I feel like anyone who's discussing "toxins" or "poisons" or "chemicals" should be required to learn what things like "LD50" means, and the entire "dosage-based toxicity" paradigm that surrounds dangerous substances.
And this of course is another huge consideration. (What follows is stuff Reb knows, so this is for others.)
There are some pesticides which do affect both humans and insect pests. My favorite example is rotenone, because it is made naturally by plants, and since it is "natural" it can be used by organic farms and gardens and the crops may still be labeled "organic". (Many people think organic produce has no pesticides on them, but they are often grown with natural pesticides.) Although rotenone use is becoming rarer due to its effects on humans, it was used on home gardens for a long time and may still be in some parts of the world.
So imagine rotenone is sprayed on a vegetable garden. The LD50 for rats is about 400 mg/kg, and this is about the same value for humans as well (in estimate of course). I don't know what it might be for insects, they may well be more susceptible, but lets presume the same dosage.
A gardener sprays his garden with the stuff, heavily diluted in water. The mist is blown by the air, some of it settles on the plant. With each watering of the garden and each rain, some of the rotenone is washed away. Eventually, and insect larva takes a bite out of the leaf, and even though there's just a tiny bit of residue on there, it's a larva, so it only weighs 0.00001 kg, meaning it only has to consume about 4 micrograms to die (a microgram is 1/1000th of a gram, which is a very small unit of measure).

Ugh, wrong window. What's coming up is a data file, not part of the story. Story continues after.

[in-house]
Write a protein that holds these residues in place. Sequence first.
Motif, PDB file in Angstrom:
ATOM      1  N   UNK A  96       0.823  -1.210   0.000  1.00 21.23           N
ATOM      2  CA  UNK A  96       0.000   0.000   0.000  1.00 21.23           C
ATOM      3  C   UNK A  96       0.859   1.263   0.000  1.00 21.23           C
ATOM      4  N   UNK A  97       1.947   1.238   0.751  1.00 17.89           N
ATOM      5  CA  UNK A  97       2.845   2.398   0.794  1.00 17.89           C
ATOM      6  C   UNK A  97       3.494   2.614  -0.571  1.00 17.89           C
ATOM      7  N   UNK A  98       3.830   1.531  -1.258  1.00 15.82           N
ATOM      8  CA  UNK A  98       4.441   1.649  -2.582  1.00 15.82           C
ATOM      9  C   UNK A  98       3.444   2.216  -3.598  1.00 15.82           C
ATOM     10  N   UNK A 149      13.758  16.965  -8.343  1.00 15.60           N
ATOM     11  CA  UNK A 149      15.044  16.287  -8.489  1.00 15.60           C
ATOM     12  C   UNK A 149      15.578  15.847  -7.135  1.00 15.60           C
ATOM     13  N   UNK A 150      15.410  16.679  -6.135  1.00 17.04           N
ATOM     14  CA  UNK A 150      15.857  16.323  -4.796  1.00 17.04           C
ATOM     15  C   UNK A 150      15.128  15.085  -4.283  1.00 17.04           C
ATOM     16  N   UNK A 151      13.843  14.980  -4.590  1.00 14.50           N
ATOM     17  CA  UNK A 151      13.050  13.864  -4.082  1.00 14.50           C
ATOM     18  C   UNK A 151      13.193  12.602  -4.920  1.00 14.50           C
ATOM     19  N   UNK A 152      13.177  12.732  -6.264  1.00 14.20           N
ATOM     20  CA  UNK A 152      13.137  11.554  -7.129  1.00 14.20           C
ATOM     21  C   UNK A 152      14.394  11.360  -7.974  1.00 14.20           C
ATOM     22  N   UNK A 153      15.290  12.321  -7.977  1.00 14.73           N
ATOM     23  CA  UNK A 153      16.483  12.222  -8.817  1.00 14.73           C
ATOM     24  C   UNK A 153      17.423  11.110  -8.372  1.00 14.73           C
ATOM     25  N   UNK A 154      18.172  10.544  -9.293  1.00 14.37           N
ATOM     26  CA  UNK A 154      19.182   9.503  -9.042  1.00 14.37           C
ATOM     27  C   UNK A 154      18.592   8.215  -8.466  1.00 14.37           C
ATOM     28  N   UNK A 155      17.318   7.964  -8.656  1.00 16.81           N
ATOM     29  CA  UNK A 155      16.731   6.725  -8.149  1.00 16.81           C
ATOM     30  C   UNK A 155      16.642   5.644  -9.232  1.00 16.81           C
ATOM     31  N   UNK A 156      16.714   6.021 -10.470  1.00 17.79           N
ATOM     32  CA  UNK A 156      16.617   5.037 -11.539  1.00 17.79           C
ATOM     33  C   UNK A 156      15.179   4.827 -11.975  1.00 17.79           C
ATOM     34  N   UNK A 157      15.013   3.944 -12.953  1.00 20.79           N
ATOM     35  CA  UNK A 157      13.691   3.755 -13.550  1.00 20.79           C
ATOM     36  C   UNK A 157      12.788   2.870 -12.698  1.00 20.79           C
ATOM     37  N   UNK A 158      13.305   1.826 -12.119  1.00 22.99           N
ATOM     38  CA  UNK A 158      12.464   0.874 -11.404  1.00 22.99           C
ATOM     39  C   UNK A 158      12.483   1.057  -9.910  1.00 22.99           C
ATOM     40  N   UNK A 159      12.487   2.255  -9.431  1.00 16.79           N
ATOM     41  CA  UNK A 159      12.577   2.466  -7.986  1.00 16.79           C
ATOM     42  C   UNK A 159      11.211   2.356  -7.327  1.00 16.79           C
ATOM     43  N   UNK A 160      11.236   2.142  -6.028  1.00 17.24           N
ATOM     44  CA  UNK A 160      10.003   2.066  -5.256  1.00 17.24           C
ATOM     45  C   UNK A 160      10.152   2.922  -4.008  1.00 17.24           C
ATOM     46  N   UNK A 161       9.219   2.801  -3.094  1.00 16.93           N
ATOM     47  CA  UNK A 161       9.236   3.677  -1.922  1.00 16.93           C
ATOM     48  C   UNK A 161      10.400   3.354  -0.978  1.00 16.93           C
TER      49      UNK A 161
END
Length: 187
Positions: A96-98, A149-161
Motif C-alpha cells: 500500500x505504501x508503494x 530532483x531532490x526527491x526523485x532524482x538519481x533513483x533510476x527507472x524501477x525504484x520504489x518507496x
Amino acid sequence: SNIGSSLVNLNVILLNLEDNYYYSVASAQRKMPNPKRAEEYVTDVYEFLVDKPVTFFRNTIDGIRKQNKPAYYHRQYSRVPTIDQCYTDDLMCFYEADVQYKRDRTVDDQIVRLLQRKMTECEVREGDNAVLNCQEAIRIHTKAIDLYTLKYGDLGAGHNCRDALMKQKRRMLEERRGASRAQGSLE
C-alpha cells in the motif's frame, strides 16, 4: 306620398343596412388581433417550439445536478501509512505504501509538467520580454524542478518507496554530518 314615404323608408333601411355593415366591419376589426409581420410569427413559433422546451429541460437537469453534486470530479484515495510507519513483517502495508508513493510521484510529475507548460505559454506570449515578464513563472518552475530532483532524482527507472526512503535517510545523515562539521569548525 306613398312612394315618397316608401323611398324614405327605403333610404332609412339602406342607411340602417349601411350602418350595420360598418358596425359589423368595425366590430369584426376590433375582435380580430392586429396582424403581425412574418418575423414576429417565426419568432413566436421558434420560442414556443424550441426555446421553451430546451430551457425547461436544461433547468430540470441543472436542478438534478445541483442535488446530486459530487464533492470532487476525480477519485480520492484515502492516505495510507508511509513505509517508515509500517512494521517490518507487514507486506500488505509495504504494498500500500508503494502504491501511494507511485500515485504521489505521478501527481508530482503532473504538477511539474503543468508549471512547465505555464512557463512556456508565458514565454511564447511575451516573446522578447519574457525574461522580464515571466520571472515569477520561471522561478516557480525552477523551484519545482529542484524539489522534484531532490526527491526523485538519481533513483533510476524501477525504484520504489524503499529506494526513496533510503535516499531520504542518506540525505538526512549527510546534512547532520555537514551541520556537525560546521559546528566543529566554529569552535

So, dead bugs. Anyway, the garden continues to grow. Watering happens. Rain happens. Pesticides are usually applied when plants are first growing, not close to the harvest. Then the vegetables are picked and washed, and eaten by a human. By this time it is hard to believe much of the rotenone is left at all except in such trace amounts that even the insect larva wouldn't die, but certainly not in the amounts needed to kill a human. After all, most humans are about 50 kg, and so would require 20 g for the lethal dose. (This would be a pile of chemical you could see with the naked eye, filling more than a tablespoon, totally undiluted.)
Of course this is an oversimplification and there are other factors, but in many cases even pesticides that are potentially dangerous to humans are simply not dangerous to humans under normal eating conditions.
Now - rotenone on crops is still a horrible idea. Many better non-natural (synthetic) alternatives exist and should be used. The fact that organic farms will use the stuff just to keep the organic label despite the increased odds of harm is just one reason I hate the organic label. But I don't fear eating organic produce for this reason. I do fear for the farm workers who spray rotenone, though, as they may be exposed to higher concentrations in more-dangerous routes of administration (inhalation can often be worse than oral consumption).